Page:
I stumbled on to this post and didn't necessarily like any particular answer, so I figured I would provide my own ...
There is no way in C# to enforce that the base method is called. Therefore coding as such is considered an anti-pattern since a follow-up developer may not realize they must call the base method else the class will be in an incomplete or bad state.
However, I have found circumstances where this type of functionality is required and can be fulfilled accordingly. Usually the derived class needs a resource of the base class. In order to get the resource, which normally might be exposed via a property, it is instead exposed via a method. The derived class has no choice but to call the method to get the resource, therefore ensuring that the base class method is executed.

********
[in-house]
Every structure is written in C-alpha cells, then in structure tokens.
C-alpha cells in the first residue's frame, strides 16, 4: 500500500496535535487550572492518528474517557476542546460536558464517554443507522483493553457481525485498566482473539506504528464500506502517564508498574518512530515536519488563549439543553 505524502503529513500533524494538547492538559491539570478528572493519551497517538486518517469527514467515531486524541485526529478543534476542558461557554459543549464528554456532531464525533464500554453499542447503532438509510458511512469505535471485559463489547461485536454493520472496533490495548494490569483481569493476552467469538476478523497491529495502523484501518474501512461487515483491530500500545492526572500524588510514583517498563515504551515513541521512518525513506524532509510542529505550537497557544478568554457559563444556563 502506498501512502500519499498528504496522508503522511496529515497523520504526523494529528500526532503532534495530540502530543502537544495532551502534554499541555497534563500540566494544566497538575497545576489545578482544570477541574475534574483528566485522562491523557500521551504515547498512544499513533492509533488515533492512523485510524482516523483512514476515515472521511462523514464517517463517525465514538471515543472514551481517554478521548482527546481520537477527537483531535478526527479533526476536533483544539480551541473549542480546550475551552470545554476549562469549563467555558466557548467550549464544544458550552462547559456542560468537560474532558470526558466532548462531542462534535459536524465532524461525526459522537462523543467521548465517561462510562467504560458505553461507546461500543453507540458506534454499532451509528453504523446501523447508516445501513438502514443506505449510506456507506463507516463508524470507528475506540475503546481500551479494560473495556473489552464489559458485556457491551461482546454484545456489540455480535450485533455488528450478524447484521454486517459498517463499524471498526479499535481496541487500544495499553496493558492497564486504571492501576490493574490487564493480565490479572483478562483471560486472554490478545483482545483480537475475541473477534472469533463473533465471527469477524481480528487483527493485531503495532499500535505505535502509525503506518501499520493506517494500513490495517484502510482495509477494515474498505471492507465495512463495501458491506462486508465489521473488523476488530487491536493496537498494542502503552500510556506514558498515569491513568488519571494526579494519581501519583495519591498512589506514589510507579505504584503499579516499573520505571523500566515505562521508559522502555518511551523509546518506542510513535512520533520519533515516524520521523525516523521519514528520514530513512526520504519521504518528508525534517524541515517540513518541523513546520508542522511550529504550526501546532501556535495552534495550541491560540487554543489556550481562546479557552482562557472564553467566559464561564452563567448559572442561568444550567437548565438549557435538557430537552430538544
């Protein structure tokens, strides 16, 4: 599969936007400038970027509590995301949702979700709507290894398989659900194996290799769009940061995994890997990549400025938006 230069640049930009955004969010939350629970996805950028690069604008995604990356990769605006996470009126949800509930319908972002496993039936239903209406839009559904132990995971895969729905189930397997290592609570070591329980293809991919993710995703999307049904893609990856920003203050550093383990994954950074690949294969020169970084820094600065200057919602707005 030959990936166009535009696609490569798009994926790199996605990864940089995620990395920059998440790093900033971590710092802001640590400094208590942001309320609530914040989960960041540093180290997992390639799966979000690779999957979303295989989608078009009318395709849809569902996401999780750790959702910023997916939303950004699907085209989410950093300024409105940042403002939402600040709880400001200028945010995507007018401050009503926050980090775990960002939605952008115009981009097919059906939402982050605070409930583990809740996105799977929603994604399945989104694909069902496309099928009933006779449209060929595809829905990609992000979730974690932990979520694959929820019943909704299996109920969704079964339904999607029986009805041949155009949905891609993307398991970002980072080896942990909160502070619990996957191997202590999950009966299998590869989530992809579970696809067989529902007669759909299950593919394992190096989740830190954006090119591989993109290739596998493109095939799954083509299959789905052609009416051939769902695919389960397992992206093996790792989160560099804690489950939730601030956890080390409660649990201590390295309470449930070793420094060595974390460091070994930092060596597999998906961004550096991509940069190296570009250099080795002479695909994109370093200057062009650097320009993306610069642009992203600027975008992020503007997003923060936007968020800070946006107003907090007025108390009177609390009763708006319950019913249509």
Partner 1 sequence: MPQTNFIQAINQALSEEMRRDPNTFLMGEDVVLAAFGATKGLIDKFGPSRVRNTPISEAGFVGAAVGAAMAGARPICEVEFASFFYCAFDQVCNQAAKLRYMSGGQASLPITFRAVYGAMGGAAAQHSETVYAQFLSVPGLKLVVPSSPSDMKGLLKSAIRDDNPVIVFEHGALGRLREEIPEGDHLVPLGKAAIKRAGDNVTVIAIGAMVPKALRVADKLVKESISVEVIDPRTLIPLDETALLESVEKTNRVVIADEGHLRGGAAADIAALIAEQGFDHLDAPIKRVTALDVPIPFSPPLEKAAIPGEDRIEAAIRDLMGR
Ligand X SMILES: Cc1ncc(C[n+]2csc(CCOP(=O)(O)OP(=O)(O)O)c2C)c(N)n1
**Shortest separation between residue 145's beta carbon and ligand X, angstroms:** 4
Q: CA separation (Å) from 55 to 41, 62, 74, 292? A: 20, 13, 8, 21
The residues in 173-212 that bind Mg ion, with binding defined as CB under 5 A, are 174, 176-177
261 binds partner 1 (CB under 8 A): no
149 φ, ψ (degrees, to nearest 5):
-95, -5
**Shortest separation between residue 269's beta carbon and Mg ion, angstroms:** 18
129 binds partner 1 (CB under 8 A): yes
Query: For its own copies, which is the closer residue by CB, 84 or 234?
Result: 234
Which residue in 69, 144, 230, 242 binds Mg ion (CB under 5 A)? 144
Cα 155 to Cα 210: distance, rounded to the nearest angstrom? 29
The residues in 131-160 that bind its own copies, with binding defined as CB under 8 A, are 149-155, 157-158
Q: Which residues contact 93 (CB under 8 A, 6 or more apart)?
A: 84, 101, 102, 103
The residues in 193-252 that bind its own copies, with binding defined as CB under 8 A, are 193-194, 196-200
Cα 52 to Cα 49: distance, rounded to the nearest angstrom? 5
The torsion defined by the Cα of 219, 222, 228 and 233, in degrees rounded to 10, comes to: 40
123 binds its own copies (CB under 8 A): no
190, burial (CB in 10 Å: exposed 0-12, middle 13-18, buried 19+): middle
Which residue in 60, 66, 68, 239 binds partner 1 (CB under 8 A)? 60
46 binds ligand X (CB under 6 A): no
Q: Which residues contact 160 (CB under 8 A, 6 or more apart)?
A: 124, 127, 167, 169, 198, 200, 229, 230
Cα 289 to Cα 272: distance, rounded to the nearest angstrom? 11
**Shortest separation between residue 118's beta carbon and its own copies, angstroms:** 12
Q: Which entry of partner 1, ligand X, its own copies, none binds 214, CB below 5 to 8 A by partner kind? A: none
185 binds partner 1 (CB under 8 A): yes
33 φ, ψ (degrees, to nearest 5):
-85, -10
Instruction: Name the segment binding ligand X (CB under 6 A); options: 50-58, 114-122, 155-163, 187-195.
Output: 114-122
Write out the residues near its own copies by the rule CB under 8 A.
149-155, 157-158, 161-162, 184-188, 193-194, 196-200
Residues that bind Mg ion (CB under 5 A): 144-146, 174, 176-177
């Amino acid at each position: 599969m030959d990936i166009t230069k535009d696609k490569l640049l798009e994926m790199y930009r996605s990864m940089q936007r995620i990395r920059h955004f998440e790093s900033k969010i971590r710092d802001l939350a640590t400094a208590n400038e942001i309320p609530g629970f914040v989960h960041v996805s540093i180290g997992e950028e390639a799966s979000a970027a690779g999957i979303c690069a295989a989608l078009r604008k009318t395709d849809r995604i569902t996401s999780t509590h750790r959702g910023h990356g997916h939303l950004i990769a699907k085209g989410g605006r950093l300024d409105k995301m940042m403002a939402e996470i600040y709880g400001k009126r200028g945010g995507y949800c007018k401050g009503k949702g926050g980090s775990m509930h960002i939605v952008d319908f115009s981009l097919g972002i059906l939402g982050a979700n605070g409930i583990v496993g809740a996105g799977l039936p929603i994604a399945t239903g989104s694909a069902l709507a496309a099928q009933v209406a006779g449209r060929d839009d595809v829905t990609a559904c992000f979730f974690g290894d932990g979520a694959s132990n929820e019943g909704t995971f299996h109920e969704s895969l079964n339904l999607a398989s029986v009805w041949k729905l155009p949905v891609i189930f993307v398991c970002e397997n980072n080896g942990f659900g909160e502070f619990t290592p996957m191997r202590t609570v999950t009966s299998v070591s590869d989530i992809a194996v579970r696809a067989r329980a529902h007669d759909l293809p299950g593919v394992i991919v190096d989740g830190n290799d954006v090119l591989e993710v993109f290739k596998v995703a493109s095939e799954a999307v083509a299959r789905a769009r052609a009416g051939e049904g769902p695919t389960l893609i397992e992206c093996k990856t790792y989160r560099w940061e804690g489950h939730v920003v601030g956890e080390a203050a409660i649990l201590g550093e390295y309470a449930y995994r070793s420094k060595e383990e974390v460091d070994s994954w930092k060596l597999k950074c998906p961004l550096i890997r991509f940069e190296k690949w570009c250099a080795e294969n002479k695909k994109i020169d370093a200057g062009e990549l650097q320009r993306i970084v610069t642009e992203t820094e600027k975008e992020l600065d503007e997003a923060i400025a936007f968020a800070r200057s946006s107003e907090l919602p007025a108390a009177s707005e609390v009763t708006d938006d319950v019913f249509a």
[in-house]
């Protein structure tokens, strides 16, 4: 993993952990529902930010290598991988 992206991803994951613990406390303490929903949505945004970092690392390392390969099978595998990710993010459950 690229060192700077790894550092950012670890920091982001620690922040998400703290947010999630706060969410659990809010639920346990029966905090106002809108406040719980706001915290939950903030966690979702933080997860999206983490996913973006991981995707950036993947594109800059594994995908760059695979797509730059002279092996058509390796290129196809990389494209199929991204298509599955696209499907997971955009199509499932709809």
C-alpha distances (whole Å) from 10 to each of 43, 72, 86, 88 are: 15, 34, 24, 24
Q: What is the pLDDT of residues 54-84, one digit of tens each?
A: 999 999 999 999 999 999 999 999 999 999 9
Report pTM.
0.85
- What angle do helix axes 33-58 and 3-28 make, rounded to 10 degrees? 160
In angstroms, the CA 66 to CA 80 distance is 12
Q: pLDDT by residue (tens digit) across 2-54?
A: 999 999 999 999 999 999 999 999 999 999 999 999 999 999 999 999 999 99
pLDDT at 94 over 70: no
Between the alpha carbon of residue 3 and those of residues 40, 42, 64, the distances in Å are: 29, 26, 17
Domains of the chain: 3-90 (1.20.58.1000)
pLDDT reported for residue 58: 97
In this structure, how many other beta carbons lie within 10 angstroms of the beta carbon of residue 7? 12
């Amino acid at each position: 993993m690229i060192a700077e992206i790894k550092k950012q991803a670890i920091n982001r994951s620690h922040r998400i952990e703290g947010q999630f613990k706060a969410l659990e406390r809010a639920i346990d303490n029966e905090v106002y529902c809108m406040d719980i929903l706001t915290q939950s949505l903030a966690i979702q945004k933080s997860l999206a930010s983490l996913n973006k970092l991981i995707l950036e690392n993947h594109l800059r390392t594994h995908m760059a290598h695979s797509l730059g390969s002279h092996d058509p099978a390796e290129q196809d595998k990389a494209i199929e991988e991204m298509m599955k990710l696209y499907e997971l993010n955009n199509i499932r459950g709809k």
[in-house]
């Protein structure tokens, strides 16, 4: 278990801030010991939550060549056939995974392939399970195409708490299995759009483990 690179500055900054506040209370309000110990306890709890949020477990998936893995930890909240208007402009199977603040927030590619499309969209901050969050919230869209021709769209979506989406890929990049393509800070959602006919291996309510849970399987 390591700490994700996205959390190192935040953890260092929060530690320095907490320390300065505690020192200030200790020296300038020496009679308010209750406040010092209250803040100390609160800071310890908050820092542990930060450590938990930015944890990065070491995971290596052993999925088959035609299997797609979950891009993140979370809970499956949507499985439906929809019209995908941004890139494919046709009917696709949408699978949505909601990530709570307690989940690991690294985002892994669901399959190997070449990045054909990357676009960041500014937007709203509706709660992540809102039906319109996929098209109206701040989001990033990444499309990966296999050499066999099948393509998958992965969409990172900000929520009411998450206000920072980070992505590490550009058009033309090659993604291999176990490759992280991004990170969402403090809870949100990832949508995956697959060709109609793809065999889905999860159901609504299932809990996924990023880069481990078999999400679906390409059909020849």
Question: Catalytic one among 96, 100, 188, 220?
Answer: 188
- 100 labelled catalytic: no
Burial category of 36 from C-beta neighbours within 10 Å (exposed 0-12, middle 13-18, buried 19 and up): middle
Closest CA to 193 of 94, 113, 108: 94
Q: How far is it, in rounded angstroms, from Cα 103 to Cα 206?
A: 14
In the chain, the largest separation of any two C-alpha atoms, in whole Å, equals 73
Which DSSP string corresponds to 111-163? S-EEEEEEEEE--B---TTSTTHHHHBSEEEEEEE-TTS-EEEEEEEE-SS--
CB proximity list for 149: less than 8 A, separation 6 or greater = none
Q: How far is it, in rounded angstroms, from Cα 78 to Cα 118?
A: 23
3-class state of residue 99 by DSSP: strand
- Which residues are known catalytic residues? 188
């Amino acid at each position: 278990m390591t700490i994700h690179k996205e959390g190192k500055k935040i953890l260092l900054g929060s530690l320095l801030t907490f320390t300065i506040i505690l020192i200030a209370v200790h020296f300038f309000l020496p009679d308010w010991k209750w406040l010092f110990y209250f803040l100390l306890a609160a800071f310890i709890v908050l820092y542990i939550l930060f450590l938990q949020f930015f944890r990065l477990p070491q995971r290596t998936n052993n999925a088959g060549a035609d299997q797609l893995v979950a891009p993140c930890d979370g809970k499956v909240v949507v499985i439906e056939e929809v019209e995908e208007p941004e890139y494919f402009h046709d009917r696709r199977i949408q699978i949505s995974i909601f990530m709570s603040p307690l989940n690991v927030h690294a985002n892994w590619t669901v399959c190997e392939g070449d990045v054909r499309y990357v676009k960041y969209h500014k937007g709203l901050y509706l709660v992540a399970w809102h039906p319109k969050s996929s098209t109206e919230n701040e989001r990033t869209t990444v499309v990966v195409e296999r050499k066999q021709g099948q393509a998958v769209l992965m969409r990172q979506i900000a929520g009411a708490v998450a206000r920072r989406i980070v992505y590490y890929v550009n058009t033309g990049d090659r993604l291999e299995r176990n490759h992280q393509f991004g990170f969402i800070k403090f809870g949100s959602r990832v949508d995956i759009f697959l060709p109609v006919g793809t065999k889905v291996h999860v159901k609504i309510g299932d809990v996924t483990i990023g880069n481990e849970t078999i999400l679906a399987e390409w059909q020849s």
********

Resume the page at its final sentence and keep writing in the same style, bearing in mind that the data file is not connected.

The next logical question one might ask is why not put it in the constructor instead? The reason is that it may be an order of operations issue. At the time the class is constructed, there may be some inputs still missing.
Does this get away from the question? Yes and no. Yes, it does force the derived class to call a particular base class method. No, it does not do this with the override keyword. Could this be helpful to an individual looking for an answer to this post, maybe.
I'm not preaching this as gospel, and if individuals see a downside to this approach, I would love to hear about it.